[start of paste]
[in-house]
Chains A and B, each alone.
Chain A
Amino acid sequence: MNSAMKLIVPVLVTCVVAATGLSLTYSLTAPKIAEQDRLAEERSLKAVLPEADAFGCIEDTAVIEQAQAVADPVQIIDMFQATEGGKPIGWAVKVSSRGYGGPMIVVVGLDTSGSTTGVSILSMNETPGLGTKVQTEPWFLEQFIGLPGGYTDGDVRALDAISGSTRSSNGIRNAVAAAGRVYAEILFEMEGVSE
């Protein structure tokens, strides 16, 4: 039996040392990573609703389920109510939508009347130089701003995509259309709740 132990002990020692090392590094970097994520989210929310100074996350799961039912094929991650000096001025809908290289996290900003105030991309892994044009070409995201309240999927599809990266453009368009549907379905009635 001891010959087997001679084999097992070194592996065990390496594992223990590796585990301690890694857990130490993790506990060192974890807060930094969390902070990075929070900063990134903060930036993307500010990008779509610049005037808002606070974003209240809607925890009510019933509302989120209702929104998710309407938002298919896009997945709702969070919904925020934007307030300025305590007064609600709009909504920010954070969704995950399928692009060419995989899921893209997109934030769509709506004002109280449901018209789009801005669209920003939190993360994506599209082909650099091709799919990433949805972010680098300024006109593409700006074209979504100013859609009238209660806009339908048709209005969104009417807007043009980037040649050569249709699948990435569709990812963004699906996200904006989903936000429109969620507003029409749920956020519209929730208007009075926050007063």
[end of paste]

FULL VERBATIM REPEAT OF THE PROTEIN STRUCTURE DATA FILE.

[in-house]
Chains A and B, each alone.
Chain A
Amino acid sequence: MNSAMKLIVPVLVTCVVAATGLSLTYSLTAPKIAEQDRLAEERSLKAVLPEADAFGCIEDTAVIEQAQAVADPVQIIDMFQATEGGKPIGWAVKVSSRGYGGPMIVVVGLDTSGSTTGVSILSMNETPGLGTKVQTEPWFLEQFIGLPGGYTDGDVRALDAISGSTRSSNGIRNAVAAAGRVYAEILFEMEGVSE
């Protein structure tokens, strides 16, 4: 039996040392990573609703389920109510939508009347130089701003995509259309709740 132990002990020692090392590094970097994520989210929310100074996350799961039912094929991650000096001025809908290289996290900003105030991309892994044009070409995201309240999927599809990266453009368009549907379905009635 001891010959087997001679084999097992070194592996065990390496594992223990590796585990301690890694857990130490993790506990060192974890807060930094969390902070990075929070900063990134903060930036993307500010990008779509610049005037808002606070974003209240809607925890009510019933509302989120209702929104998710309407938002298919896009997945709702969070919904925020934007307030300025305590007064609600709009909504920010954070969704995950399928692009060419995989899921893209997109934030769509709506004002109280449901018209789009801005669209920003939190993360994506599209082909650099091709799919990433949805972010680098300024006109593409700006074209979504100013859609009238209660806009339908048709209005969104009417807007043009980037040649050569249709699948990435569709990812963004699906996200904006989903936000429109969620507003029409749920956020519209929730208007009075926050007063």